The “Christian Exodus” has begun, albeit slowly, with a handful of families moving to South Carolina in hopes of leading thousands of other evangelicals to relocate and establish what founders envision as a “constitutionally limited government founded upon Christian principles.”
A nationwide movement started in 2003 by Californian Cory Burnell, Christian Exodus claims that Christians have tried unsuccessfully for 30 years to return <?xml:namespace prefix = st1 ns = “urn:schemas-microsoft-com:office:smarttags” />America to the moral foundation intended by the nation’s founders.<?xml:namespace prefix = o ns = “urn:schemas-microsoft-com:office:office” />
Despite having a professed Christian as president and attorney general and a Republican-controlled Congress and Supreme Court, they say, abortion continues, gay marriage is legal, prayer and Bible reading are banned and evolution taught in public schools, the Ten Commandments cannot be displayed in public and the day will soon come when Christianity is branded as “hate speech.”
The solution, according to ChristianExodus.org, is to “try a strategy not yet employed by Bible-believing Christians.”
“Rather than spend resources in continued efforts to redirect the entire nation, we will redeem states one at a time,” the Web site proclaims. “Millions of Christian conservatives are geographically spread out and diluted at the national level. Therefore, we must concentrate our numbers in a geographical region with a sovereign government we can control through the electoral process.”
If necessary, the group’s founders say they are willing to secede from the union in order to reacquire their constitutional rights. But the initial plan of action calls for concentrating Christian voters to first win local elections and to impact statewide races by 2014.
According to the Greenville News, some of the first to move their families to upstate South Carolina consider themselves conservative Republicans and others Libertarians, while many openly support the Constitution Party, a body that calls for the entire country to be governed by biblical and strict constitutional principles.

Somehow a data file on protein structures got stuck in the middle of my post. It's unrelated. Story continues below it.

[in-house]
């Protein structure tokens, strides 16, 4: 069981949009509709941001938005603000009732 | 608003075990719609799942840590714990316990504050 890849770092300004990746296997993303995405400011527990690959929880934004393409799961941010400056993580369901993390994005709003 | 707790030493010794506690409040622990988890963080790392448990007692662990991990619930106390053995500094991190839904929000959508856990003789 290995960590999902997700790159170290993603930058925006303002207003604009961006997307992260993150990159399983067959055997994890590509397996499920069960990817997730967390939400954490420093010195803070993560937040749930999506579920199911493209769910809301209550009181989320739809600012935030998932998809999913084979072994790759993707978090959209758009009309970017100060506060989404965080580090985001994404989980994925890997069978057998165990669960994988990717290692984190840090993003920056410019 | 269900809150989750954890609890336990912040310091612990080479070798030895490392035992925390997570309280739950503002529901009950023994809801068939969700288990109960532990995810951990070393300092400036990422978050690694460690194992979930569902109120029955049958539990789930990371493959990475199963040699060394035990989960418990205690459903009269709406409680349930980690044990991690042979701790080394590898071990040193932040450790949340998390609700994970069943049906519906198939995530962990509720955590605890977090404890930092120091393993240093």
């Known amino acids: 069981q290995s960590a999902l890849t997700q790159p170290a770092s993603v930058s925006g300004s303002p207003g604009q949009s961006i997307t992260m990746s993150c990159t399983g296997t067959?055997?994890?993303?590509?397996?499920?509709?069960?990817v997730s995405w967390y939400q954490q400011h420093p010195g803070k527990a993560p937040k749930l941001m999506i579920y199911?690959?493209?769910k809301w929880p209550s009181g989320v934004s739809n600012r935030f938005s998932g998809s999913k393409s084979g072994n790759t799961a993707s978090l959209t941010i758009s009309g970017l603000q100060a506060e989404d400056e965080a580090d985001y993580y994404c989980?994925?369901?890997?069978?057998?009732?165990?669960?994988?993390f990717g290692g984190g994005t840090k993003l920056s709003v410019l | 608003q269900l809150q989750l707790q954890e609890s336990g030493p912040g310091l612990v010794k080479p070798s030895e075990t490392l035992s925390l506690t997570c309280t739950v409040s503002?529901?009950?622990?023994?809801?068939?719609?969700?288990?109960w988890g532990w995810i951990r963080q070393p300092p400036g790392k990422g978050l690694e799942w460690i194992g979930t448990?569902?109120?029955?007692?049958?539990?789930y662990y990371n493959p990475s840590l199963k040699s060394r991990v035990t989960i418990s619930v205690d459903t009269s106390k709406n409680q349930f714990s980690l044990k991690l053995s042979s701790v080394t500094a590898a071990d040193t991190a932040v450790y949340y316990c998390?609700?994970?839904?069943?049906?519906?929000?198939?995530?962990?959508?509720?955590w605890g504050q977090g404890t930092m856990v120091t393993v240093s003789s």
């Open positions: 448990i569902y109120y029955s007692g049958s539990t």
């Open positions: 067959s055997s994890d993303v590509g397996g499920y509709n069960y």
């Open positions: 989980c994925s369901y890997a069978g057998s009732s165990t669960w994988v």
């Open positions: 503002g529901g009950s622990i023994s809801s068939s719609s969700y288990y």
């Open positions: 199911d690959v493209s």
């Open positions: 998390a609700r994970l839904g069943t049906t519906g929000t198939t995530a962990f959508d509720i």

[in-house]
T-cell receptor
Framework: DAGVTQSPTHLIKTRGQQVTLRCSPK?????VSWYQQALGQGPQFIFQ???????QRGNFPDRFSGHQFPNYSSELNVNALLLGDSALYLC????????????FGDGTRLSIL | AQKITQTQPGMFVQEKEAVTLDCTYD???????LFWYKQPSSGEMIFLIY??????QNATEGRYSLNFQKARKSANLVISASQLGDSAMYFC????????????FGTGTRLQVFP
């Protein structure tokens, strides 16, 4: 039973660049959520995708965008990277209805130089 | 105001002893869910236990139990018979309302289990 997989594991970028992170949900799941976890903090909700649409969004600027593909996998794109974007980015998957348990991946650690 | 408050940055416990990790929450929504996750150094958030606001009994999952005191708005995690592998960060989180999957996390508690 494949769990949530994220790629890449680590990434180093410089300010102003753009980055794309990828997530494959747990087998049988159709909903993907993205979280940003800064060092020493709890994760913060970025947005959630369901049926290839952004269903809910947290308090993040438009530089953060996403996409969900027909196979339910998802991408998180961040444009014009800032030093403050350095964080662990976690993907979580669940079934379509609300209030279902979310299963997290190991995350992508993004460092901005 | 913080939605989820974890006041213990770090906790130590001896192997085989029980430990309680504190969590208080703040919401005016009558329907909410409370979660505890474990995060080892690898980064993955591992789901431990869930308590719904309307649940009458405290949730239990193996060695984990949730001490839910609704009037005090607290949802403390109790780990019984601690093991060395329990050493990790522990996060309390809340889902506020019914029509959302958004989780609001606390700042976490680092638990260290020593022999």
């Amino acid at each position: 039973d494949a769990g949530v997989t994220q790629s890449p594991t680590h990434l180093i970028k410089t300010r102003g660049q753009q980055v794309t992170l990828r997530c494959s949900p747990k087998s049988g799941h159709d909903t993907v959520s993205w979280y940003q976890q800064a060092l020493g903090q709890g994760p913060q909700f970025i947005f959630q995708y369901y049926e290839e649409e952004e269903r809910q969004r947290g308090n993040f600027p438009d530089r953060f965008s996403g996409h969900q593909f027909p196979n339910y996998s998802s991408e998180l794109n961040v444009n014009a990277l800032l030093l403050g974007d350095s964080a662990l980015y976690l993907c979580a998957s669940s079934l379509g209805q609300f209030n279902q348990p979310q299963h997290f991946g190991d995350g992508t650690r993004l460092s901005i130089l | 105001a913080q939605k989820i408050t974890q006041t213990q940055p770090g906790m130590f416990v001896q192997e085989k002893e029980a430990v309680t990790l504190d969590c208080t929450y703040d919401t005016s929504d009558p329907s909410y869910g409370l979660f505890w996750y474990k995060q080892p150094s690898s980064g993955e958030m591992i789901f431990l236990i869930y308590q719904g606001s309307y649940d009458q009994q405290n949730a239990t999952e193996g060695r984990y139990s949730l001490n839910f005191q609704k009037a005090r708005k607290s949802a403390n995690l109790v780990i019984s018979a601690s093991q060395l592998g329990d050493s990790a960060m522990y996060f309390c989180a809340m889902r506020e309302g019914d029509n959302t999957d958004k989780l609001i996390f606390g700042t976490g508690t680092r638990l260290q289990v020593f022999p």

Tony Romo, bivocational pastor of the independent South Pointe Baptist Church in Pelzer, S.C., is listed as a main contact for Christian Exodus.
Romo, who owns a surveying company and studied at Bob Jones University and through Liberty University’s distance-learning program, told The State newspaper in Columbia he became a supporter of Christian Exodus in 2004 after meeting Burnell at a meeting that also featured Michael Peroutka, who was the Constitution Party candidate for president in the 2004 election.
“Our church had already decided to support the Constitution Party, and we thought Christian Exodus sounded like a great idea and would go hand-in-hand with what we believe and preach,” Romo said.
Romo hosts weekly classes for Institute on the Constitution, a Maryland-based educational program “intended to reconnect Americans to the history of the American Republic and to their heritage of freedom under law.”
“Today, many Americans are surprised but delighted to learn that we were founded as a Constitutional Republic of Sovereign States with a central government of purposely limited powers based on Biblical principles,” says the group’s Web site. “The recovery and application of these principles is necessary for the reclamation of the Republic.”
Many conservative Christians remain dubious of the movement, because of its secessionist leanings and links to third-party politics, which they view as operating on the political fringes.
“I consider myself a conservative Republican and Southern Baptist, and some of their opinions are to the right of me,” Bob Taylor, dean of science and liberal arts at Bob Jones University and a member of Greenville County Council, told The State.
Burnell, 29, a businessman with previous ties to the Texas with League of the South, the largest secessionist group in the country, said he no longer belongs to the group.
Since founding Christian Exodus, Burnell says his main goal has been to bring back limited government based on Judeo-Christian principles.
“Christian Exodus doesn’t seek to institute a theocracy, but we do want a return of our religious liberties that were once so preciously guarded in America,” Burnell said.
Bob Allen is managing editor of EthicsDaily.com.